For some time now, a small but viciously proactive section of the Devil May Cry community has devoted itself not simply to publicly disliking, but outright destroying Ninja Theory's reboot DmC: Devil May Cry. Another, equally pestilent minority of fans has devoted itself to crushing and ousting these "haters" by fair means or foul. The spew of caricatures, ad hominems and expletives below Matt's latest video represents the crest of a wave that's been drowning all debate on the subject since January, when Ninja Theory's Tameem Antoniades revealed that his team had received death threats over their handling of the game.
Neither side is entirely in the right. A portion of the hatred for DmC derives from bigotry - sneery presumptions that Western developers don't "get" Japanese design, contempt for the newly boyish punk rocker Dante. Another portion of that hatred, however, is based on fundamentally reasonable concerns about whether a team of Ninja Theory's pedigree is capable of doing this smart, surgical, ultra-technical series justice. The Cambridge-based independent has developed some fine games with unsurpassed narrative and artistic direction, but it has never managed to design a combat system that rewards repeated exposure. Enslaved, in particular, was a game of two halves - one of the most engaging, sympathetic and intelligent stories on the block, matched to gameplay where you endlessly regurgitate the same four-button combo.
After playing for eight hours on Nephilim difficulty - around half the campaign plus an hour or two in the optional challenge rooms - I'm finding it difficult to dislike the new Devil May Cry, but I'll concede that if you're a practised player, there are legitimate grounds for annoyance. DmC is every inch a reboot, dispensing with some of the knottier aspects of the series in order to capture the attention of those who don't know how to string a Stinger, High Roller and Aerial Rave together. That doesn't make it "simplistic", however - Ninja Theory has cherry-picked features from around the Devil May Cry timeline and introduced a few of their own, resulting in a game that, while not as intricate as Devil May Cry 3, soundly trumps the likes of Castlevania: Lord of Shadows or God of War for complexity.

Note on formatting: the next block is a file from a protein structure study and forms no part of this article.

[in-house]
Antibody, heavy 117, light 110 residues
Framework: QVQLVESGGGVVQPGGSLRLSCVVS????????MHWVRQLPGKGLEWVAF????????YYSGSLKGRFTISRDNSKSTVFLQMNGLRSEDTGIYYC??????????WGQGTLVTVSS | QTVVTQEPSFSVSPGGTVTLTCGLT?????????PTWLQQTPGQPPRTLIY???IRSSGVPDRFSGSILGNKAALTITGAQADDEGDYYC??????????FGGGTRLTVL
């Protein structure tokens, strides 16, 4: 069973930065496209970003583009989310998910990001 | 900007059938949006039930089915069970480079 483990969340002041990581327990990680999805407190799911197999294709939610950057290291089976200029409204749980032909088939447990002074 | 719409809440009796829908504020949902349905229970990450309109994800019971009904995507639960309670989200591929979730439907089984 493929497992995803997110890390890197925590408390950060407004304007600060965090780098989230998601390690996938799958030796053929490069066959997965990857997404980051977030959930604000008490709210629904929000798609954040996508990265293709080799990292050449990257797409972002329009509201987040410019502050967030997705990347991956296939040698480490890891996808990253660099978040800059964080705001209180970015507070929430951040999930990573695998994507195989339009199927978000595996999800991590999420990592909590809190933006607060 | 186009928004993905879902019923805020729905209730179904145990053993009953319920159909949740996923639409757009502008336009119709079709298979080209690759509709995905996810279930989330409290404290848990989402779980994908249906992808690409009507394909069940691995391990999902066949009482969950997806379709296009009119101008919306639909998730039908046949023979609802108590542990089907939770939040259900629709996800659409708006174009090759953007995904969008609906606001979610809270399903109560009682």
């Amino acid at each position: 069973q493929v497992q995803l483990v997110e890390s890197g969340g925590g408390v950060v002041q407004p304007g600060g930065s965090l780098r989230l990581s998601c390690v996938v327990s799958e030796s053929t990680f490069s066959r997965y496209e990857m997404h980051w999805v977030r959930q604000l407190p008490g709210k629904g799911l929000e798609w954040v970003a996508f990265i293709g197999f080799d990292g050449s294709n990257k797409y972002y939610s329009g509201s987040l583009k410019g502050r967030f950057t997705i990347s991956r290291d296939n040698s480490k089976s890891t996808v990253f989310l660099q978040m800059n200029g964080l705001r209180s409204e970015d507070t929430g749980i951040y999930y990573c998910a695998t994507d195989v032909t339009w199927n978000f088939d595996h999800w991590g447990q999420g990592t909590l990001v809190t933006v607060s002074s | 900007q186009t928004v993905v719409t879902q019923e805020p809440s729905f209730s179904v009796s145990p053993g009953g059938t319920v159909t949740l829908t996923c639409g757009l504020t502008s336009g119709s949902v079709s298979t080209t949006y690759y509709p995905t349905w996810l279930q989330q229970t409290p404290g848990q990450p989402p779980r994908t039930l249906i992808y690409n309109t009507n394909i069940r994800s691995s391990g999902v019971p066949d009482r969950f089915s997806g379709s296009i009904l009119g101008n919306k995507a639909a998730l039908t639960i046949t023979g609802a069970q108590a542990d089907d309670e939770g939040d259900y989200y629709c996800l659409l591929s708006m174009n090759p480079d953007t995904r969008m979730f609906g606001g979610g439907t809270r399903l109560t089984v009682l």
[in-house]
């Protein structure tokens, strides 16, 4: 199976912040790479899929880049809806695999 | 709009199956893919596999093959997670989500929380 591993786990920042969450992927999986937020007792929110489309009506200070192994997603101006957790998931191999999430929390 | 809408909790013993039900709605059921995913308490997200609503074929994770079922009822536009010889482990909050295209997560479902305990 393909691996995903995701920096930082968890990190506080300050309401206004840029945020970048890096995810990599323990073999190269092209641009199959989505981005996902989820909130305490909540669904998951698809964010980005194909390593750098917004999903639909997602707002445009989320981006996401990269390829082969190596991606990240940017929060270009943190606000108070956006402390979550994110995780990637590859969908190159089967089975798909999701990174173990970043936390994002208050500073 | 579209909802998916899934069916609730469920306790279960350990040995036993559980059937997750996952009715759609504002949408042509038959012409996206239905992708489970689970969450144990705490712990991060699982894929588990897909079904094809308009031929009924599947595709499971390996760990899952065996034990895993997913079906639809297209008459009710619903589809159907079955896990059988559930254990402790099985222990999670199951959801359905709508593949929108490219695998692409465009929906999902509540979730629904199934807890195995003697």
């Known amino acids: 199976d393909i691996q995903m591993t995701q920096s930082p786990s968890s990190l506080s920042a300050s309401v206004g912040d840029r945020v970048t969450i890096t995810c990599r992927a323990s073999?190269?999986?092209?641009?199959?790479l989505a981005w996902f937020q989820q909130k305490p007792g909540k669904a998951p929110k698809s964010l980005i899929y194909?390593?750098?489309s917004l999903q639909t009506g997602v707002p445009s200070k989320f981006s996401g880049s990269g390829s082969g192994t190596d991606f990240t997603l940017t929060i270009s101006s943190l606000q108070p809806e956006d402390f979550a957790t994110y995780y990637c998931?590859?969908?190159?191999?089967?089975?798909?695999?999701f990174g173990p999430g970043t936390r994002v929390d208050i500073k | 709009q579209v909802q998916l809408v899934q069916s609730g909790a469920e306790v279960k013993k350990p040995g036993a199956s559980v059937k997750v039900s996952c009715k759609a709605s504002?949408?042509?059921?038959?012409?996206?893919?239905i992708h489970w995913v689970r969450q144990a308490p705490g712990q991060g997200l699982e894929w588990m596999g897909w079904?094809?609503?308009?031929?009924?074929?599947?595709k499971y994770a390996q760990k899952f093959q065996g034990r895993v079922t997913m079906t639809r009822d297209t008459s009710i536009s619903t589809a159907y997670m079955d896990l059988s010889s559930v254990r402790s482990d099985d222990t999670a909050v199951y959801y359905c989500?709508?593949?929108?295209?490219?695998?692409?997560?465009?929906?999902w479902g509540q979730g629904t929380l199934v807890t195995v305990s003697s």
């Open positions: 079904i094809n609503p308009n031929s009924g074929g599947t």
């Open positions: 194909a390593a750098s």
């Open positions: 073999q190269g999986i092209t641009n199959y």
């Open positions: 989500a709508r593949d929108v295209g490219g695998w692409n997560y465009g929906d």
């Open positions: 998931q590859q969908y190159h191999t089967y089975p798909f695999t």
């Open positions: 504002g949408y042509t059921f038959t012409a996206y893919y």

To revise one of the more frequently heard complaints, DmC is a slower game than Devil May Cry 4. The frame rate is locked at 30 to accommodate some dramatic dynamic environments, and the younger Dante's swings feel heavier and less controlled - the basic four-hit combo, for instance, terminates in a wild sweep that leaves him jumping on one foot. There's more telegraphing, too - weapons glint to advertise combo opportunities or an imminent attack, and some cunningly arranged enemy sound effects alert you to their movements when they're not on-screen (a blessing indeed, given the new manual camera).
It's been claimed there are fewer combos than in prior games. I haven't been back and counted, but I can't say I'm struck by the shortage of options in battle, and in any case, the worth of a tool is surely more important than how many tools you have access to. Weapons are, at least, plentiful - besides Dante's trusty Rebellion Sword and Ebony & Ivory pistols, I've run into the heavy-duty Arbiter axe for ground-level beatdowns, the Osiris scythe for aerial work and the Eryx gauntlets, which can be charged for an extra-severe pounding.